Quinidine is a pharmaceutical agent that acts as a class I antiarrhythmic agent in the heart. It is a stereoisomer of quinine, originally derived from the bark of the cinchona tree. more...
Like all other class I antiarrhythmic agents, quinidine primarily works by blocking the fast inward sodium current (INa). Quinidine's effect on INa is known as a use dependent block. This means that at higher heart rates, the block increases, while at lower heart rates the block decreases. The effect of blocking the fast inward sodium current causes the phase 0 depolarization of the cardiac action potential to decrease (decreased Vmax).
Quinidine also blocks the slowly inactivating tetrodotoxin-sensitive Na current, the slow inward calcium current (ICa), the rapid (IKr) and slow (IKs) components of the delayed potassium rectifier current, the inward potassium rectifier current (IKI), the ATP-sensitive potassium channel (IKATP) and Ito.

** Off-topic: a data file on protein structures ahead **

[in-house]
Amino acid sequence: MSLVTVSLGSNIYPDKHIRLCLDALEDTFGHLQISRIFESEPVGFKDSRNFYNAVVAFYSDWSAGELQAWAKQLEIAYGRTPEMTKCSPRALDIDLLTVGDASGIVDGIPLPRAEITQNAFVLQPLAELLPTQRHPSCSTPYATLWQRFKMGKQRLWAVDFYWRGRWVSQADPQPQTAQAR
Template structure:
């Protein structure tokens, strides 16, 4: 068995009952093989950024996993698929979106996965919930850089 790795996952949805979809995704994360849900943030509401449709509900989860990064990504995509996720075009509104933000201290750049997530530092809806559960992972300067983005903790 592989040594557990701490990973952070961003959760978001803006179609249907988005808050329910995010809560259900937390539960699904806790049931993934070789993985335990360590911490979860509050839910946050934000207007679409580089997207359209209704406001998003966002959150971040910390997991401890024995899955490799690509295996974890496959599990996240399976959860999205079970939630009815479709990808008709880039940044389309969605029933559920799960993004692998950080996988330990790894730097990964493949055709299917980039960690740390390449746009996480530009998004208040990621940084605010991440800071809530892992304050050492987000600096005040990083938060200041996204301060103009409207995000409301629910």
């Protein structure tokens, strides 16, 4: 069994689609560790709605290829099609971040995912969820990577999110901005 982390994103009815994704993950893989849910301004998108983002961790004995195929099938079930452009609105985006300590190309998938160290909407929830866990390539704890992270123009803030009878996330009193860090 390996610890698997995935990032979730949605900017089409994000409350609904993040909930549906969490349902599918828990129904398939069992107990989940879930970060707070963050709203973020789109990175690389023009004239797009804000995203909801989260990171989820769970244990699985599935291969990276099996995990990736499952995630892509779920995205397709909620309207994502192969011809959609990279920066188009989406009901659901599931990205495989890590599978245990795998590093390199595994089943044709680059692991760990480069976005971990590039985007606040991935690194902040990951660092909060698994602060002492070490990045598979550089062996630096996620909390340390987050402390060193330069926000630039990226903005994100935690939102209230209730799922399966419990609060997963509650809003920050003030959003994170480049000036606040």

The effect of quinidine on the ion channels is to prolong the cardiac action potential, thereby prolonging the QT interval on the surface EKG.
The half life of oral quinidine is 6 to 8 hours, and it is eliminated by the cytochrome P450 system in the liver. About 20 percent is excreted unchanged via the kidneys.
Qunidine-induced thrombocytopenia (low platelet count) is mediated by the immune system, and may lead to thrombocytic purpura.
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